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Chef

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<i>Chef</i>

In his latest film, Chef, Jon Favreau taps into the zeitgeist of America’s current food culture—a world where chefs and bloggers are rock stars and Twitter can make or break careers. But underneath all the razzmatazz of carefully crafted food scenes lies a sweet story about a man trying to straighten his life’s bearings while reconnecting with his young son.

A detailed and entertaining romp through kitchen life, Chef proves once again that Favreau’s a major triple-threat in Hollywood: He wrote, directed and even stars in the film, despite his non-cookie cutter, leading-man appearance (of which his character is reminded several times throughout the film).

Chef Carl Casper (Favreau) is at a personal and professional crossroads after 10 years helming the same kitchen at a tony Los Angeles restaurant. No longer a young hotshot chef, Carl finds himself in a rut and attempts to get creative with the menu, much to the displeasure of the restaurant’s controlling owner, Riva (Dustin Hoffman). After he receives a scathing review from a top blogger/food critic, Ramsey Michel (Oliver Platt), for cooking the regular menu, as ordered by the restaurant’s owner, Casper’s life spins further out of control.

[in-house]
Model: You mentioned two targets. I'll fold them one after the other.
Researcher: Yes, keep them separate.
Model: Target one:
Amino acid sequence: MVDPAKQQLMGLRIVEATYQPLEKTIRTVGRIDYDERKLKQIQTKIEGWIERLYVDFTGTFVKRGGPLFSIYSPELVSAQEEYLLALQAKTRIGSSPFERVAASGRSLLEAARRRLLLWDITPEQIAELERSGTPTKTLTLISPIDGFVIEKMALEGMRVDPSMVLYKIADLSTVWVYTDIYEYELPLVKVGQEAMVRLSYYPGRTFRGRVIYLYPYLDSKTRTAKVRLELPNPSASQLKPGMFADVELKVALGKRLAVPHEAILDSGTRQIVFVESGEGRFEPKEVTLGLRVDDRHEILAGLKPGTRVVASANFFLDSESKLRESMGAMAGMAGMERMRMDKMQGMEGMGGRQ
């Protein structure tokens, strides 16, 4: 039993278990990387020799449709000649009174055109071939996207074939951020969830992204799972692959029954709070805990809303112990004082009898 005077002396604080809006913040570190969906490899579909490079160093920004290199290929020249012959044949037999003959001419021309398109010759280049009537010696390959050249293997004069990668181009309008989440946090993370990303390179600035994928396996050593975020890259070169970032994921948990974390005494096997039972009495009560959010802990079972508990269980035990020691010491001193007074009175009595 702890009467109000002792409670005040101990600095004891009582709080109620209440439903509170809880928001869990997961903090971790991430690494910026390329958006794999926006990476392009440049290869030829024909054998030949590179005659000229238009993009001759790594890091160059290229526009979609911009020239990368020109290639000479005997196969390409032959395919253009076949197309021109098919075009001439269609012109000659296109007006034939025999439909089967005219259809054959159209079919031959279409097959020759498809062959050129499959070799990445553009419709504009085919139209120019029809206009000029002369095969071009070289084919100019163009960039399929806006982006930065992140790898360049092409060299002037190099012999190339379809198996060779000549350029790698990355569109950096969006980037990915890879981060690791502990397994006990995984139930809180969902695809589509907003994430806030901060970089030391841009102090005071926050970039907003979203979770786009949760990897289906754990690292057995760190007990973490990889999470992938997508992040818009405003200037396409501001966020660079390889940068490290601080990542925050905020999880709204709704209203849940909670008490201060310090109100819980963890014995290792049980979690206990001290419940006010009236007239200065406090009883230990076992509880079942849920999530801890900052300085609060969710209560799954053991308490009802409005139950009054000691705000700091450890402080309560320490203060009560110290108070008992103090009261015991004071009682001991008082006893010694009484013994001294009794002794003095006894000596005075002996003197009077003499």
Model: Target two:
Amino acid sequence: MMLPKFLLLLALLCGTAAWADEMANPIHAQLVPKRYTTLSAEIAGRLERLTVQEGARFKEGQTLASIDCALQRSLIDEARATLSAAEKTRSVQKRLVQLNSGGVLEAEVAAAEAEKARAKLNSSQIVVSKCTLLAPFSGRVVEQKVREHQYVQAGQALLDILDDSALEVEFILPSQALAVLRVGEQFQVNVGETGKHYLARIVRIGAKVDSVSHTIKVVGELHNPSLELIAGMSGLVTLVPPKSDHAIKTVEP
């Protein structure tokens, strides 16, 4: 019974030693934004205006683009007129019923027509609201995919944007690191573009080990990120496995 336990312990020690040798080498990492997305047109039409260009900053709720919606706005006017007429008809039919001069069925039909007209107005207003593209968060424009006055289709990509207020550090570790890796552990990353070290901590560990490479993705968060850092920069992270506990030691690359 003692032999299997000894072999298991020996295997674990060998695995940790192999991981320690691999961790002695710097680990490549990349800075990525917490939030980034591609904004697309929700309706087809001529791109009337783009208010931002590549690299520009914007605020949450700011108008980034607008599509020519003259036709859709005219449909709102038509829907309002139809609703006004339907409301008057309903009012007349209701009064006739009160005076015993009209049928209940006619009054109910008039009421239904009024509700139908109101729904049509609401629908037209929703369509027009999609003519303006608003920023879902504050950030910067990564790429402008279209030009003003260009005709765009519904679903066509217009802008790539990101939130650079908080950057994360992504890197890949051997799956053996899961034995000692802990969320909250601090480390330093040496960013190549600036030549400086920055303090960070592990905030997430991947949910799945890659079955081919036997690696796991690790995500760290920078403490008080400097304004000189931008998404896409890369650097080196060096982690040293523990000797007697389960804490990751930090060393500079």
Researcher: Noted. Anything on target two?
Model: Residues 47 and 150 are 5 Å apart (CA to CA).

He hears talk about his food on social media, so with the help of his doting 10-year-old son Percy (a terrific performance by up-and-comer Emjay Anthony), Chef Carl opens a Twitter account. The bad review has gone viral—and in thinking that Twitter @reply is a private message, the newbie inadvertently starts a flame war with the blogger. It escalates over the Internet, so Casper publicly invites the critic back for the meal he wanted to cook in the first place. Riva quashes the idea and orders the chef to cook the “greatest hits.” Casper quits—but he doth not go gently into that good night. He has a public meltdown, decrying food critics and their work, while at the same time hilariously demonstrating to Ramsey what exactly makes a chocolate lava cake “molten.” His momentary lunacy, of course, is immediately posted to the web.

With the encouragement of his ex-wife, Inez (an understated performance by Sofia Vergara, which is a good thing), Casper joins her and Percy in Miami, where his culinary career first began. Ostensibly, he’s there to take care of/bond with Percy while she’s taking business meetings, but Inez has also arranged for Casper to meet with her ex-husband (Robert Downey Jr.) ,who has an old roach coach for sale. Though he’s only in the film for about five minutes, Downey—who worked with Favreau on Ironman—brings the charm, smarm and a lot of laughs to this scene.